The following is an excerpt from my book the “Psychology of Porn”


It’s a common question I get asked and a continuous debate within Christian circles: What about masturbation? Is it okay to masturbate, or not? If only it were that simple. The typical dialogue within the church of “yes or no” or “good vs. bad” lacks the maturity and nuance needed to discuss and understand this topic. Good Christian men and women are confused and wanting to please God. What if pleasuring ourselves could actually bring pleasure to God? Is that even possible? There is much to unlearn and relearn on how to masturbate well. You may have grown up with an understanding of masturbation as the “forbidden fruit”, or a sin just as reviled as murder. You may have heard myths of going blind or growing hair on your palms. Most likely you heard nothing at all. Silence. And the silence was enough for you to to learn to say nothing, but feel everything. This is the origin of searing shame. The shame becomes unbearable for those of us who want to please God, yet can’t resist bringing ourselves pleasure. Instead of being shamed for wanting pleasure and enjoying pleasuring ourselves, we need to learn to masturbate in a healthy way.


Unlinking Porn & Masturbation


Many folks misuse masturbation. Some use it compulsively as form of escape, for others it is a way to dissociate from their present struggles and/or overwhelming joys. We must begin to unlink porn and masturbation in order to reclaim a better relationship with our sexuality; this can take time. Patterns of masturbation have been linked to objectification and fantasy which can be difficult to break. If you have engaged in the same rituals for the last two decades, it’s probably safe to say you wouldn’t be able to make these changes overnight. Masturbating differently will take significant work and effort on your part.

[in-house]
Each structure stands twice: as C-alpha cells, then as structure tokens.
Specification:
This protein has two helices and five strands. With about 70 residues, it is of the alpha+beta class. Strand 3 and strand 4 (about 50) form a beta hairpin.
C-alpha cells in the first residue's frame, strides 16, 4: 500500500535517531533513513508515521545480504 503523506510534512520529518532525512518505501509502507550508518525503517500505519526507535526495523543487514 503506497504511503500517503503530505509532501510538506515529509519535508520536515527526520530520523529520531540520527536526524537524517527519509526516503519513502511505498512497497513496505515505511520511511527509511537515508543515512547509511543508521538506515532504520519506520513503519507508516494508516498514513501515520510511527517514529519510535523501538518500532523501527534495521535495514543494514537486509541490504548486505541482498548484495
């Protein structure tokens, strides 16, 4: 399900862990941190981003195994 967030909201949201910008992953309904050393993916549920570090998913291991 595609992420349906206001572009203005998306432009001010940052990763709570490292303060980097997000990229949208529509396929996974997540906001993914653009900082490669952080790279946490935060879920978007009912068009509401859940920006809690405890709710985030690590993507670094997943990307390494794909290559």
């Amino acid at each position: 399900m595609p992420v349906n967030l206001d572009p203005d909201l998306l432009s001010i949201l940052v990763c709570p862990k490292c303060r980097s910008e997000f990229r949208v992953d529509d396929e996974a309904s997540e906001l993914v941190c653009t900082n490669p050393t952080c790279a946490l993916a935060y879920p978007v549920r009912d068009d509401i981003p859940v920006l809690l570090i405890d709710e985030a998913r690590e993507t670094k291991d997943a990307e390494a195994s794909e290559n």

Fantasy Structures


While it can be simple to stop looking at erotic images on the internet, the hardest healing work is beginning to engage your fantasy structures and thought life. Christian folks call it “taking every thought captive”, the world of psychology calls it “thought stopping”. The sin is not in the act of masturbation but in the fantasy. Our thoughts can be perverse and laced with objectification, and this is the darkness that we must flee, not the act of masturbation itself. Can you masturbate without debasing fantasy? If not, then don’t do it; you’re not ready yet to reintroduce healthy masturbation into your life. There has to be a significant and consistent break from your use of porn and a rewiring of your brain and fantasy life. After time has passed, and you have worked hard to allow your brain time to heal, reworked your fantasy structures and how you honor women in your thought life, I believe you can reintroduce healthy masturbation within proper boundaries. If you are single, you will have to be aware of the difference between healthy masturbation vs. the patterns of how you have engaged in the past.If you begin to pleasure yourself and find your brain drifting into fantasy, stop. If you find yourself using masturbation to run from emotion, stop. Masturbation must be used to enhance reality not escape from it. Within these guidelines, it will not be compulsive and will be less frequent because of the boundaries of health you have put in place.

Breaking Isolation


One reason masturbation can be such a tricky part of the healing process is that is so isolating. This aspect itself can be triggering. Part of breaking the cycle for folks who are married is beginning to be honest with your partner about your relationship to masturbation. Your sexuality is no longer solely your own; it is now shared. If you have gotten to the point of being able to masturbate well without fantasy and escape, you can incorporate it into your sexuality with your partner.